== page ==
I know right? Mad. Those other men called John in the council chamber? Chances are you will never ever stand against them in an election. They represent somewhere else. And they care about it every bit as much as you care about your patch. There’s next to nothing to be gained from picking a public fight with them. And even if you do disagree, there’s not need to be disagreeable – no political party, philosophy or figure has the monopoly on morality, ingenuity or common sense.
There are only 50, 60, 70 of you in the county or city where you live who know what it’s like being a councillor. They’re also reading planning applications, school governor packs and Medium Term Financial Plans when everyone else is watching telly/seeing loved ones/doing a hobby/sleeping only to find someone they’ve never met laying into them on Facebook for being doing nothing for this area because it still doesn’t have a space programme or Olympic bid (And the next ward, 25 metres down the road – they get everything! And did you know that the Council Leader travels everywhere in a chauffer-driven diamond-encrusted hovercraft?)
No councillor got into this to cut services or make communities worse – they just have different ideas about the best way of making things better. And who knows, maybe they’ve got a point?
Do be reasonable! Be nice! I know that my very niche fantasy of an opposition group leader one day standing up when the council has to take an unavoidable but unpopular decision and saying “I won’t pretend we would be doing anything different if we were in charge, so we will vote with you in solidarity” is exactly that, but the very least you can do is:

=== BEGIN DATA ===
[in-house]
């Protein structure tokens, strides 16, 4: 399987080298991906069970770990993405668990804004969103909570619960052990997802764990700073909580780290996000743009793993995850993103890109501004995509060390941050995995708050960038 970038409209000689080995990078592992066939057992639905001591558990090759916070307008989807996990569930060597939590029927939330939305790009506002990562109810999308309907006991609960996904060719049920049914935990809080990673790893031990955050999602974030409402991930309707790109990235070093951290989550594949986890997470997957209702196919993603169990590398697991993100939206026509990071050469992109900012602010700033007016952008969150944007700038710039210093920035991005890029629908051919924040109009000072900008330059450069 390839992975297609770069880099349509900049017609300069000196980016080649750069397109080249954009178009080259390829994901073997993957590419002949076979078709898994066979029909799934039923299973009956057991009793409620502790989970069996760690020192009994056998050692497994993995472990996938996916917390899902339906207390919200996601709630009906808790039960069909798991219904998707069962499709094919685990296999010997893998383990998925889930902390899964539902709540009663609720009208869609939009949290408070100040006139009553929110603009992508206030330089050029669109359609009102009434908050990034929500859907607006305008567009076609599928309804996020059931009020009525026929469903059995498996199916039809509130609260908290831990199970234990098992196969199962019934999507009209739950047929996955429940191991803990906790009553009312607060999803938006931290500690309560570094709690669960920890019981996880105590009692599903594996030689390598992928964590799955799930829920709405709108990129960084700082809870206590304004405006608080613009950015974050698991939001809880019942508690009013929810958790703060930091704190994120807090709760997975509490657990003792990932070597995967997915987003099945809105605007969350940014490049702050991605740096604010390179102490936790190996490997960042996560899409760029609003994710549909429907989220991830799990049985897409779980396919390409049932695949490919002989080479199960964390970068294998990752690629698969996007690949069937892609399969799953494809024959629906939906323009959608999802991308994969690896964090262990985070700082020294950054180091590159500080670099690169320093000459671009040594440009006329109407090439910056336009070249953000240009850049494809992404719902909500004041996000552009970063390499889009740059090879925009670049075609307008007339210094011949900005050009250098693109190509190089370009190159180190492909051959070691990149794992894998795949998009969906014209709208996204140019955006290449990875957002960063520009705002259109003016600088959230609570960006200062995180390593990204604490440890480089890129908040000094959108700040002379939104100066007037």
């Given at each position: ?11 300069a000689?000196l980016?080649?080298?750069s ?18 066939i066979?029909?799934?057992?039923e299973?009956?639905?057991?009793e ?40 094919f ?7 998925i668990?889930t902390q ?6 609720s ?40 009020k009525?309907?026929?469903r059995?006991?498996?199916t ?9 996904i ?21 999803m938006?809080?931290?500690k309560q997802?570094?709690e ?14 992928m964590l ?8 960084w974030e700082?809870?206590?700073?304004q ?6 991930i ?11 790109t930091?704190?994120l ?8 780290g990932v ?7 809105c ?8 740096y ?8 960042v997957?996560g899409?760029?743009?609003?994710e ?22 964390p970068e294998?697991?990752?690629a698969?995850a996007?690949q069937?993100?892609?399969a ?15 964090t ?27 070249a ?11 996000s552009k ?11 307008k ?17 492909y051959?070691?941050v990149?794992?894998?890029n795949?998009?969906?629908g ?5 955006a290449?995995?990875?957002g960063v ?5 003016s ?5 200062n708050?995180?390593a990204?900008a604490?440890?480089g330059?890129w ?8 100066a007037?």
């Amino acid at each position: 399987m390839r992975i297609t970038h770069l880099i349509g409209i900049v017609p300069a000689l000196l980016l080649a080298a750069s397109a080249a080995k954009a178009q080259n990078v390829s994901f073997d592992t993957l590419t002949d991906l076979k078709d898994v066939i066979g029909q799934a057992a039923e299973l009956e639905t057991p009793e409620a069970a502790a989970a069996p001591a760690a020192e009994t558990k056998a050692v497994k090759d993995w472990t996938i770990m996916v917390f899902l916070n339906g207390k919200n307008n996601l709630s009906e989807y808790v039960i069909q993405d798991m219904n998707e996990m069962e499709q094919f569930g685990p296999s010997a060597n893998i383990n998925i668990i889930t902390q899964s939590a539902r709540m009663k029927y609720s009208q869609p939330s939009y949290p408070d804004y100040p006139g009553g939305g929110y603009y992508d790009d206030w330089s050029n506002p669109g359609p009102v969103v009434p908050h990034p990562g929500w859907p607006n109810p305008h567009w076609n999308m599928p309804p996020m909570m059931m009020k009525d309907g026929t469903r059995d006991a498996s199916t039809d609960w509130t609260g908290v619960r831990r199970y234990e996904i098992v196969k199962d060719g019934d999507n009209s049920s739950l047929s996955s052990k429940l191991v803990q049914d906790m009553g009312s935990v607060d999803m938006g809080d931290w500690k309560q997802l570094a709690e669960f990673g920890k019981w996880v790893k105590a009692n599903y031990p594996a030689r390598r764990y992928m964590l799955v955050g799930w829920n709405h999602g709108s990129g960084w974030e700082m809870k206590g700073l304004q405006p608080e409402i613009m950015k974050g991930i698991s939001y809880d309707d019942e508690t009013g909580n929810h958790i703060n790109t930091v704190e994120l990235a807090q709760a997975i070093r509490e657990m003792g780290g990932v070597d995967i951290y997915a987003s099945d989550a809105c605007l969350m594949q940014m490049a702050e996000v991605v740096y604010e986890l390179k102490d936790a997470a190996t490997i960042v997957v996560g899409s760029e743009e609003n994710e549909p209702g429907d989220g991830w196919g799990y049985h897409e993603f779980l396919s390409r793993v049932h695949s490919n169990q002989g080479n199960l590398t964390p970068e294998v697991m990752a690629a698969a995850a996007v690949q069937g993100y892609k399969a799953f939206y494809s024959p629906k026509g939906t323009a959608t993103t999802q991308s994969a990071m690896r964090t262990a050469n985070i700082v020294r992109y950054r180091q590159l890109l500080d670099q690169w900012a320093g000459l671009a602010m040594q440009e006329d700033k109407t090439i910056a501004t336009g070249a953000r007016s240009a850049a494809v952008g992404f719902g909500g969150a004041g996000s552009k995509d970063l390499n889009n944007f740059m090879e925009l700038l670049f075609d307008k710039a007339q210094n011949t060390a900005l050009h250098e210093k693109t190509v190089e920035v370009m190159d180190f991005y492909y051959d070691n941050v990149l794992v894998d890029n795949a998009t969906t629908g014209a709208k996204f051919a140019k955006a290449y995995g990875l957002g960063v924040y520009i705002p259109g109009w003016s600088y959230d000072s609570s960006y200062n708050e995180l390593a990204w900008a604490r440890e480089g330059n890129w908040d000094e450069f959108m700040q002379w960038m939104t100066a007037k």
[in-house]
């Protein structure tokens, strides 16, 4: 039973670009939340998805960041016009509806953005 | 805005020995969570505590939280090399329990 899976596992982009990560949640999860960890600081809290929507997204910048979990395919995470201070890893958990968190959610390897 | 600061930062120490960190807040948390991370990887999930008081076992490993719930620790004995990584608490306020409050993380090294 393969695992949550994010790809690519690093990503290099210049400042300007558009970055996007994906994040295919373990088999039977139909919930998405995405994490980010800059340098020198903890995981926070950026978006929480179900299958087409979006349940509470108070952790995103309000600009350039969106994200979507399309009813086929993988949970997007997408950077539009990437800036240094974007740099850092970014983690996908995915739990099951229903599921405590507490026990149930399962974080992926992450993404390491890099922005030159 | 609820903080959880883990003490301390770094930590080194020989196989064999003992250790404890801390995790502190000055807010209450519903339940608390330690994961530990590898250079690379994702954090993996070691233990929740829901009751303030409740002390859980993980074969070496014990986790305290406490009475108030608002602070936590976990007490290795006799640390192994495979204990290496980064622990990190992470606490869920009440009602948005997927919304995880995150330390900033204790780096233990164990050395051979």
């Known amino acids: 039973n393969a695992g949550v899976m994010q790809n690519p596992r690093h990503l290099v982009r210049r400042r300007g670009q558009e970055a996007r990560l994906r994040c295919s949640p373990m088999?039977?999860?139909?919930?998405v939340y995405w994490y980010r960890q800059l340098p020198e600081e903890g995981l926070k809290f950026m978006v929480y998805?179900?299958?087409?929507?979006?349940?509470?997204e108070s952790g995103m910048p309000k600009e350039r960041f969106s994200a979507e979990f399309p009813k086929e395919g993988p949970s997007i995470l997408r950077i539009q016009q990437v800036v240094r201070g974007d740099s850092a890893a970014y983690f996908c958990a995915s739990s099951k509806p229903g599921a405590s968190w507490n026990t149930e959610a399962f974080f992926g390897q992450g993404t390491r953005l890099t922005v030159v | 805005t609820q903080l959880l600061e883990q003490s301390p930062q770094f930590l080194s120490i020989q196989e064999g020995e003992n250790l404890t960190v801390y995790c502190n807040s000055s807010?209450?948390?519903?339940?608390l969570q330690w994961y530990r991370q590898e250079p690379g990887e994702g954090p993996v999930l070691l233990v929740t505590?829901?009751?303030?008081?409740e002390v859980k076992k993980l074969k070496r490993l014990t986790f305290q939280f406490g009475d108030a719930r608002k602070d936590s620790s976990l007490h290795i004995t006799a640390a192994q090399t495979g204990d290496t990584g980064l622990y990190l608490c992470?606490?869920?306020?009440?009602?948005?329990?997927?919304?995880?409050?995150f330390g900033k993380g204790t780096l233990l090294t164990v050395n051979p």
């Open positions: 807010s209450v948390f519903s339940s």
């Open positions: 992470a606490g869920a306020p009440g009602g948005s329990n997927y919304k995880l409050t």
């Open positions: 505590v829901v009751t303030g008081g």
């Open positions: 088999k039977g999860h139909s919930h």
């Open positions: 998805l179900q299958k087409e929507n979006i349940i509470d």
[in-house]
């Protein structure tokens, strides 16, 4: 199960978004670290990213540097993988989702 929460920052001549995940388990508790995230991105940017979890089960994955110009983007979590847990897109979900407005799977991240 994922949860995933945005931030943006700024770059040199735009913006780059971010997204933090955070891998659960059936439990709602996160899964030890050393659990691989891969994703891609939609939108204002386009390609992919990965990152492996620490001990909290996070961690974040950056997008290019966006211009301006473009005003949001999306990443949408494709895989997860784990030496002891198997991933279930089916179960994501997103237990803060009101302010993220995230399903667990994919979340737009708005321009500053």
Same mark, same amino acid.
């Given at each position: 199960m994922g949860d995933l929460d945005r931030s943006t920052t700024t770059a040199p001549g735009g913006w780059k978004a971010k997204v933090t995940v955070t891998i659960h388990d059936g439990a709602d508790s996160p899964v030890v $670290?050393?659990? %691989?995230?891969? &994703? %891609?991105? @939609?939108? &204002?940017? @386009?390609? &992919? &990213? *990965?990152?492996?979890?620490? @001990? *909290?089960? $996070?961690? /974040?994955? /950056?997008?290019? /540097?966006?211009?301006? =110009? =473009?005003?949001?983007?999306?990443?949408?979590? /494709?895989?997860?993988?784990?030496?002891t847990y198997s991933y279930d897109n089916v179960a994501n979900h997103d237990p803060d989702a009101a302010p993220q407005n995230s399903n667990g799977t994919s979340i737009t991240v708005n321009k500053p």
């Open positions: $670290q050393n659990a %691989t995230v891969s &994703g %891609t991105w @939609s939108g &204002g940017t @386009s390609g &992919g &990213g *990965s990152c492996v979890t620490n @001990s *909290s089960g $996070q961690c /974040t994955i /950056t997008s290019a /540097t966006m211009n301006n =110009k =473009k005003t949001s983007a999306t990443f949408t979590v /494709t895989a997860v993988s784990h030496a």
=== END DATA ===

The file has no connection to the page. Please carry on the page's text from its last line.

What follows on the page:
- Don’t pretend that budget cuts aren’t necessary if we only reduce the number of pages in the council magazine. As for the council magazine – or any other communications activity for that matter- are your residents telling you that they feel too well informed about what the council is doing? That your authority is too transparent? Are they really?
- Don’t pretend that having your authority not spend every penny it has every year and instead putting some money aside in case of, say, an global pandemic, is somehow a sign that they don’t care about their communities. It means the opposite is true.
- Do put all that stuff aside and work together.
Remember your council chamber hysteria, your interminable blog posts, your theatrical outrage in the local paper – none of it makes the other party look bad – it makes all councils and all councillors look bad.
Tip: Try to enjoy it.
I mean. It’s not going to be possible to enjoy all of it. But it goes so quickly. I look at my successor’s social media from time to time (Richard, I’m flattered that us shaking hands is still your profile picture, but it’s probably time to update it) and I’m still jealous that he gets to represent –and develop – the greatest council ward in the World, and that its him that gets to support all the amazing people and groups doing the amazing things that make Tow Law, Sunnside, Roddymoor, Thornley and Stanley Crook such amazing places. The greatest place on Earth, in fact.
I mean, his name isn’t even John.
John Hart was a Durham County Councillor for the Tow Law division between 2013 and 2017. He now works for a Combined Authority and writes in a personal capacity.